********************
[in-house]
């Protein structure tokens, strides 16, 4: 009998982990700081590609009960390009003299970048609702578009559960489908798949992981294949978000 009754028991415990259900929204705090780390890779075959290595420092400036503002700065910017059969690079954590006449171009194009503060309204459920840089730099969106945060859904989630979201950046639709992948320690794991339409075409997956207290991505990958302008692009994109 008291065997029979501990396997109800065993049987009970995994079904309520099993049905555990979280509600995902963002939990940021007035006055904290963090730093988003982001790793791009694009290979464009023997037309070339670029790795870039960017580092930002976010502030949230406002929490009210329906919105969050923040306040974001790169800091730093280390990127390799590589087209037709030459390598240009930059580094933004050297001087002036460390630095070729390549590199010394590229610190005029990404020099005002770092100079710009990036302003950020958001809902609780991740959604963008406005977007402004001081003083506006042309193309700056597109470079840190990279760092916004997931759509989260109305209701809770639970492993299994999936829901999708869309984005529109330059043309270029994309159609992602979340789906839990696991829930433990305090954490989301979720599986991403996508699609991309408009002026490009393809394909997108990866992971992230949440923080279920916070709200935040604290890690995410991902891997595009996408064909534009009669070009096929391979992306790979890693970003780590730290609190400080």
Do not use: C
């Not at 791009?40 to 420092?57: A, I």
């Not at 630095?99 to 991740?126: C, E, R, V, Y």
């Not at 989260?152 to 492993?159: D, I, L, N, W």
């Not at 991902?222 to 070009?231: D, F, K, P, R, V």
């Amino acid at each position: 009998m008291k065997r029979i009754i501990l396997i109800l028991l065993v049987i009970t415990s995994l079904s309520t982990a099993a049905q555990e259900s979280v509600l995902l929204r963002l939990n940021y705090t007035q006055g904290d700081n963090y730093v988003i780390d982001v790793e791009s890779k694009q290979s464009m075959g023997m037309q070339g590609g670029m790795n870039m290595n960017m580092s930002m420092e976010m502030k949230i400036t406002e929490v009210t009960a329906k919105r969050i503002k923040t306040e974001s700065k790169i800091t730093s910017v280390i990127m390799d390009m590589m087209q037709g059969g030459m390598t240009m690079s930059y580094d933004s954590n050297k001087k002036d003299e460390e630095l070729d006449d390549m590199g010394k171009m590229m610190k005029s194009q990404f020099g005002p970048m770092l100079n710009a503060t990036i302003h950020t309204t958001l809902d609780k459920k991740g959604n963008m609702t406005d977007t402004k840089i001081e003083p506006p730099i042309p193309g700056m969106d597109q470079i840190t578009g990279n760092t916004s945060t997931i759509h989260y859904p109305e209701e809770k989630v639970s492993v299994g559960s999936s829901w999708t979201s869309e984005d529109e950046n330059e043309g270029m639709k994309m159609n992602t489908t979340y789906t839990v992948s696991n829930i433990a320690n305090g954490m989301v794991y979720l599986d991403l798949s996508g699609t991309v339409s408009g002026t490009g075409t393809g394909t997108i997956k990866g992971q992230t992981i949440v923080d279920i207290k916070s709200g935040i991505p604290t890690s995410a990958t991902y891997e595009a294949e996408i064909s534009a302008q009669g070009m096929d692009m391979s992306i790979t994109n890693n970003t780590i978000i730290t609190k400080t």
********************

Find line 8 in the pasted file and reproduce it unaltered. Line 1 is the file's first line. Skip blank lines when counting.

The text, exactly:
């Amino acid at each position: 009998m008291k065997r029979i009754i501990l396997i109800l028991l065993v049987i009970t415990s995994l079904s309520t982990a099993a049905q555990e259900s979280v509600l995902l929204r963002l939990n940021y705090t007035q006055g904290d700081n963090y730093v988003i780390d982001v790793e791009s890779k694009q290979s464009m075959g023997m037309q070339g590609g670029m790795n870039m290595n960017m580092s930002m420092e976010m502030k949230i400036t406002e929490v009210t009960a329906k919105r969050i503002k923040t306040e974001s700065k790169i800091t730093s910017v280390i990127m390799d390009m590589m087209q037709g059969g030459m390598t240009m690079s930059y580094d933004s954590n050297k001087k002036d003299e460390e630095l070729d006449d390549m590199g010394k171009m590229m610190k005029s194009q990404f020099g005002p970048m770092l100079n710009a503060t990036i302003h950020t309204t958001l809902d609780k459920k991740g959604n963008m609702t406005d977007t402004k840089i001081e003083p506006p730099i042309p193309g700056m969106d597109q470079i840190t578009g990279n760092t916004s945060t997931i759509h989260y859904p109305e209701e809770k989630v639970s492993v299994g559960s999936s829901w999708t979201s869309e984005d529109e950046n330059e043309g270029m639709k994309m159609n992602t489908t979340y789906t839990v992948s696991n829930i433990a320690n305090g954490m989301v794991y979720l599986d991403l798949s996508g699609t991309v339409s408009g002026t490009g075409t393809g394909t997108i997956k990866g992971q992230t992981i949440v923080d279920i207290k916070s709200g935040i991505p604290t890690s995410a990958t991902y891997e595009a294949e996408i064909s534009a302008q009669g070009m096929d692009m391979s992306i790979t994109n890693n970003t780590i978000i730290t609190k400080t």